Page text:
CD I've Got to Know [AK Press] (CD 1003395), Audio Other
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I've Got to Know [AK Press]

  • 1. Stupid's Pledge
    2. I've Got to Know
    3. Sedition
    4. General, Your Tank
    5. Yellow Ribbon
    6. Yellow Legs & Pugs
    7. I Love My Flag
    8. Scribner on the Draft
    9. Killing Ground
    10. Learning
    11. Riding the Peace Train
    12. Trooper's Lament
    13. Victory Stuff
    14. Mountain Valley Home
    15. Michael
    16. Soldier's Return, The
    17. Was It You?
    18. Lord, Ain't It Sad?
    19. What Is a Pacifist?
    20. I Will Not Obey
    21. Violence Within, The
    22. Judas Ram
    23. Truman Cactus
    24. There Shall Come Soft Rains
    25. Enola Gay
    26. Wife of Flanders
    27. Rice and Beans
    28. Ain't It Fine
    29. Revolt in the Desert
    30. Stand to Your Glasses Steady
    31. How to Live in Peace
    32. This Here River
    33. Huddled Chickens
  • Additional Info
    Manufacturer Part Number (MPN): 19040

  • Credits
    ProducerDakota Sid Clifford

    Personnel: Utah Phillips (vocals, guitar).
    Utah Phillips has a long tradition as an activist and radical. I've Got to Know, recorded during the first Gulf War in 1991, is meant to be a rant against war, talking eloquently about the stupidity (and inequity) of killing, through songs and words. Recorded live in the studio in one session, it makes its point wonderfully well, with songs like the unaccompanied "Killing Ground," or the very true "Stupid's Pledge." While he's perhaps not as well-known as Pete Seeger, say, or Woody Guthrie, he's long deserved to be, since his songs are the equal of theirs. Like all good folksingers, he's marvelously humorous, but also marvelously wise -- and he puts his money where his mouth is: as he says on this disc, during the war he refused to drive, since his car didn't run on blood. This isn't a man entertaining; this is a man who feels things very deeply -- not only about war (as on "Trooper's Lament" and his very first composition, "Enola Gay," harking back to his own service in Korea), but about the injustices inherent in the American system, although he does find good things in America. In some hands, something as intense and relentless as this could be wearing, but Phillips knows how to pace things, and how to keep the ear listening. Inevitably, some will violently disagree with what he has to say and sing, and deem it "unpatriotic," but hear it with an open ear. With Phillips, the human element is even more important than the politics. And this disc is every bit as relevant now as when it was recorded. ~ Chris Nickson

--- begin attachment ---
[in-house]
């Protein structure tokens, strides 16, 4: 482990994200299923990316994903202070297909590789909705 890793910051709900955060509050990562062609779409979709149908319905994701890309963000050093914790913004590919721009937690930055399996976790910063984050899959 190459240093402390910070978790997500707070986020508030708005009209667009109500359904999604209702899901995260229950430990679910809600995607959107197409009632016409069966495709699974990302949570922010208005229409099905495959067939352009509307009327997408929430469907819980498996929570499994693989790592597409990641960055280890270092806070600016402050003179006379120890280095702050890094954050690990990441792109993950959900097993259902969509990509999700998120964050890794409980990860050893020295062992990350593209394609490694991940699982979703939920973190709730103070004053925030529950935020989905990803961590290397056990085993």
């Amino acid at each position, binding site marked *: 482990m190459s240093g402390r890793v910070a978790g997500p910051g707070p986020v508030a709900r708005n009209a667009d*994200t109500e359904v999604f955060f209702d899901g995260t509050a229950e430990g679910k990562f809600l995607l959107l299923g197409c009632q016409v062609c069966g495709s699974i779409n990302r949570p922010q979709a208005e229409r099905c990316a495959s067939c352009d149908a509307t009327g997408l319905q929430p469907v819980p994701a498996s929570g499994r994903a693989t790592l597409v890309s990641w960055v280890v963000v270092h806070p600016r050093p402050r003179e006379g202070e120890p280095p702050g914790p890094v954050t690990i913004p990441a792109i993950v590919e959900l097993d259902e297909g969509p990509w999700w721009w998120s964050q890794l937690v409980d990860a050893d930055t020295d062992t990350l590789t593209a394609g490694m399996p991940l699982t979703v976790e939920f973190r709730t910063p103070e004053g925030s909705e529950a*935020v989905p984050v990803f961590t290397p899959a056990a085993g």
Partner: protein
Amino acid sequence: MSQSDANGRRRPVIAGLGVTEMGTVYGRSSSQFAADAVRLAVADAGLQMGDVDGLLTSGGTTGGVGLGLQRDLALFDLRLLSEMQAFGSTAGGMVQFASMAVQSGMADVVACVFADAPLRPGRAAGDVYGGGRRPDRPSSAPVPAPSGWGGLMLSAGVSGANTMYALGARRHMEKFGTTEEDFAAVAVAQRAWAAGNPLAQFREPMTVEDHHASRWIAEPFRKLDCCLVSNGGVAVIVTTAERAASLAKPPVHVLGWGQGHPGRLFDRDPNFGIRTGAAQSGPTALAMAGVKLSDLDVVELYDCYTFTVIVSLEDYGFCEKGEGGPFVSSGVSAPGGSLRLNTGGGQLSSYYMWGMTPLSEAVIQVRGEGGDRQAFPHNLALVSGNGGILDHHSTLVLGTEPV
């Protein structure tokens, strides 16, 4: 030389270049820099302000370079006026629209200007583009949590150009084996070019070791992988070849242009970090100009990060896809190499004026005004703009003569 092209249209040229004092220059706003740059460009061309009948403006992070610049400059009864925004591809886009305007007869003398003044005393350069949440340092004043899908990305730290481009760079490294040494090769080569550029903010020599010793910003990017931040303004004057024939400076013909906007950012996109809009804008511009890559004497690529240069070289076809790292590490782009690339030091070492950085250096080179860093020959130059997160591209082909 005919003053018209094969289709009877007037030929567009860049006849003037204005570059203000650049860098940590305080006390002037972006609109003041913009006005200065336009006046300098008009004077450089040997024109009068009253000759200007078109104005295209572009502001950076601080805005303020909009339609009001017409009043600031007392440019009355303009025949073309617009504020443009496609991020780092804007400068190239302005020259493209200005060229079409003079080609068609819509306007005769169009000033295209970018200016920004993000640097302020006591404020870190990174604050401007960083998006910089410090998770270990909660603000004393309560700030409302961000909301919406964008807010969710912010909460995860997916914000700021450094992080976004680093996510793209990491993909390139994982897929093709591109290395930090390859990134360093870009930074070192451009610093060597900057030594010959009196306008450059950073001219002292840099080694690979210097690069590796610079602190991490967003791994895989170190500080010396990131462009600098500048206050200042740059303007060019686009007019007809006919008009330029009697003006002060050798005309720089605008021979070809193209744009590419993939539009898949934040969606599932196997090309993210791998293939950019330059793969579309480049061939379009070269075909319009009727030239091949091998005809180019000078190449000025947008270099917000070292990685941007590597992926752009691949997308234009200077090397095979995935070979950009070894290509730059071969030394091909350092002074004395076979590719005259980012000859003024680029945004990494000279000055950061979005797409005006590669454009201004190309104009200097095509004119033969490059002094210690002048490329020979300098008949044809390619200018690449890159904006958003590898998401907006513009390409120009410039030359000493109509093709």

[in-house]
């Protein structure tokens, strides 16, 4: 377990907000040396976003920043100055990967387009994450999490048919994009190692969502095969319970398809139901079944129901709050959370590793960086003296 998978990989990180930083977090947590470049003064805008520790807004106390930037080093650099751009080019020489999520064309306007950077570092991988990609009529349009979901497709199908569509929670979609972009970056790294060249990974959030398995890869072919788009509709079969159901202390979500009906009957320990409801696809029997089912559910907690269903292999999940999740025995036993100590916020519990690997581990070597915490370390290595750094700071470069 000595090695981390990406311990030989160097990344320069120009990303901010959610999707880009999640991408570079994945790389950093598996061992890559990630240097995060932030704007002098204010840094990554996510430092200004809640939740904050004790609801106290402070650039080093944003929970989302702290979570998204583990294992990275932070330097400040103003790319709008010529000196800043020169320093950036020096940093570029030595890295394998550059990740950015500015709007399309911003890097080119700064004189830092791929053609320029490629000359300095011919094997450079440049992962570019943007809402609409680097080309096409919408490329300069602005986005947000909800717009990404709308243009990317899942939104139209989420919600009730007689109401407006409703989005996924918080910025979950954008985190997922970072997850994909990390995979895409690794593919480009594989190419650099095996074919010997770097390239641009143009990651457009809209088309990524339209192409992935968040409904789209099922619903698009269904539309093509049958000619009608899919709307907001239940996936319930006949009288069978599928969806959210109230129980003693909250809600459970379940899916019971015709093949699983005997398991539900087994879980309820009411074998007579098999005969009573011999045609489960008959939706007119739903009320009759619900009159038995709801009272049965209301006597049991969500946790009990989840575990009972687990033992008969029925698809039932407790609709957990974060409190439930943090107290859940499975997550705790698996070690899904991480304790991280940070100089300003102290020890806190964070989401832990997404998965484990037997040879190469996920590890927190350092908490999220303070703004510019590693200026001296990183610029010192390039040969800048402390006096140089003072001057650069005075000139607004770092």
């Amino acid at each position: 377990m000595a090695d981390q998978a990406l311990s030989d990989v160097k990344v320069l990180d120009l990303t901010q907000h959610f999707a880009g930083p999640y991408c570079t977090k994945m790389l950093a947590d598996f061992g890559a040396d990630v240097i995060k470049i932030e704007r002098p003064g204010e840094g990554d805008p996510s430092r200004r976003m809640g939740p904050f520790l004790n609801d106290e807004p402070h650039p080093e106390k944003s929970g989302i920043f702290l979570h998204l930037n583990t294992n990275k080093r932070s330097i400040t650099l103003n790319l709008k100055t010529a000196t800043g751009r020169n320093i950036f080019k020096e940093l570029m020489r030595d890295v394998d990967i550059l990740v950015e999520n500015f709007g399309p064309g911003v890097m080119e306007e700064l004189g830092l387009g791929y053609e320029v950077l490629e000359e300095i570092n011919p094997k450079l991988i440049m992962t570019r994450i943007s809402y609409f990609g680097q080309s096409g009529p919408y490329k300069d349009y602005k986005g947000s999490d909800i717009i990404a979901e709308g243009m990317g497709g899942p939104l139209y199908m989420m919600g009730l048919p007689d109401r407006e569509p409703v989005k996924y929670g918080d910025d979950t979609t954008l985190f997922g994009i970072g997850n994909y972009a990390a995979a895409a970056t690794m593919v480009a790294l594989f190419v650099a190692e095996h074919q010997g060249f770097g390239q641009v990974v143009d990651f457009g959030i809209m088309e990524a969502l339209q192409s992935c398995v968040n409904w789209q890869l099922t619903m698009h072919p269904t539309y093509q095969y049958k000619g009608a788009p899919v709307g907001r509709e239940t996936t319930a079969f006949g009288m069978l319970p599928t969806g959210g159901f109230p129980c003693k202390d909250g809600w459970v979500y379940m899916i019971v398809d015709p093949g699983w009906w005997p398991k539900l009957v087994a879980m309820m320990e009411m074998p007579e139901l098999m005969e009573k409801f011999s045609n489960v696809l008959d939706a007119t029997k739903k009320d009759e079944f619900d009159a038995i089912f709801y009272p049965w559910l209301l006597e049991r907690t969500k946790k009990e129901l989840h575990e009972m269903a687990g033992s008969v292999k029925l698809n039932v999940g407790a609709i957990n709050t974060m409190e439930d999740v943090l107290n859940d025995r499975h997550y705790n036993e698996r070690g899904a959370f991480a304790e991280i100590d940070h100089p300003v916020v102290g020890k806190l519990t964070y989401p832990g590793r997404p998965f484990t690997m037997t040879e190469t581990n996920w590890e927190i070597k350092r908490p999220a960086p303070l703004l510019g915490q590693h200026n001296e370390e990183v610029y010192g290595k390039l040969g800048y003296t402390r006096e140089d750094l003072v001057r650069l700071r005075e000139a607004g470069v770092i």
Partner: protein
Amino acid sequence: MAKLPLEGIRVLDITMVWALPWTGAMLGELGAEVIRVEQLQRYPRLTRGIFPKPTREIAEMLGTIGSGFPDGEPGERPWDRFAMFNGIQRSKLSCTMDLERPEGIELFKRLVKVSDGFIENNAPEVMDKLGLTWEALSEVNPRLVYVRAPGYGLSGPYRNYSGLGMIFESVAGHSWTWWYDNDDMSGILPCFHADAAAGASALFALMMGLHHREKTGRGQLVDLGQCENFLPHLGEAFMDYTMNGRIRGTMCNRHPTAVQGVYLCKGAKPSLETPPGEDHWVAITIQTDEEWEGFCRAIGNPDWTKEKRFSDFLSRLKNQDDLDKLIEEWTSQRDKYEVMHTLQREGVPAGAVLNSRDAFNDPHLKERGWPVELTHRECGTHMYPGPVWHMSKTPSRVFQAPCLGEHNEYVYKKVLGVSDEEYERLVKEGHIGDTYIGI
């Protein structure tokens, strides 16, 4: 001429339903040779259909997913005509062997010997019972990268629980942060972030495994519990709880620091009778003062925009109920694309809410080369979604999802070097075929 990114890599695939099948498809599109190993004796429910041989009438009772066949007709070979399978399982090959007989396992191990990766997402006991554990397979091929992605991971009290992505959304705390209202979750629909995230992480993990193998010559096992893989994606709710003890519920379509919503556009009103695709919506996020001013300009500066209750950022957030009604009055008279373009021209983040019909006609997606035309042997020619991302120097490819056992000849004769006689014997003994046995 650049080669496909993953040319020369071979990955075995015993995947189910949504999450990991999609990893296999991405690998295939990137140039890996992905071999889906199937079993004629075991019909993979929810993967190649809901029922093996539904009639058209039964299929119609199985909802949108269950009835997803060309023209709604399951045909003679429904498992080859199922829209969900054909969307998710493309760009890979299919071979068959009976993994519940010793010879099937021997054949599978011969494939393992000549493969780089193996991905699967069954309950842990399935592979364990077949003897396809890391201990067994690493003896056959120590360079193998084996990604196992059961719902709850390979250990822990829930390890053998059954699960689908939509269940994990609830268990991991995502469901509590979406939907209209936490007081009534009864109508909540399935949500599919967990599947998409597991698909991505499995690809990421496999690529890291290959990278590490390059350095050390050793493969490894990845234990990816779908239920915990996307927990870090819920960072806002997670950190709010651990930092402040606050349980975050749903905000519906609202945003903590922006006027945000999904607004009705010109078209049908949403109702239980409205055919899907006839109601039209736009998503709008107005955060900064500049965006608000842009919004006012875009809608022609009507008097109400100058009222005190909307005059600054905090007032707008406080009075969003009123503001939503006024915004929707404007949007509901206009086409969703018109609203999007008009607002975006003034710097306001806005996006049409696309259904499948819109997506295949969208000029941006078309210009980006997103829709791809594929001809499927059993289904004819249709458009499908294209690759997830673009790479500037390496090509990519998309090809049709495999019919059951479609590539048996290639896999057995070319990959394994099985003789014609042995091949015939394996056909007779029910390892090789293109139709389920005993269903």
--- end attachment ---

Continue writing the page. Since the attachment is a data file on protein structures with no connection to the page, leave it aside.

• Critic Reviews
    Option (Sept.-Oct./92, p.122) - "..mixes songs, poems from WWI-era union papers, and stories from Phillips's life into a quintessential performance.."
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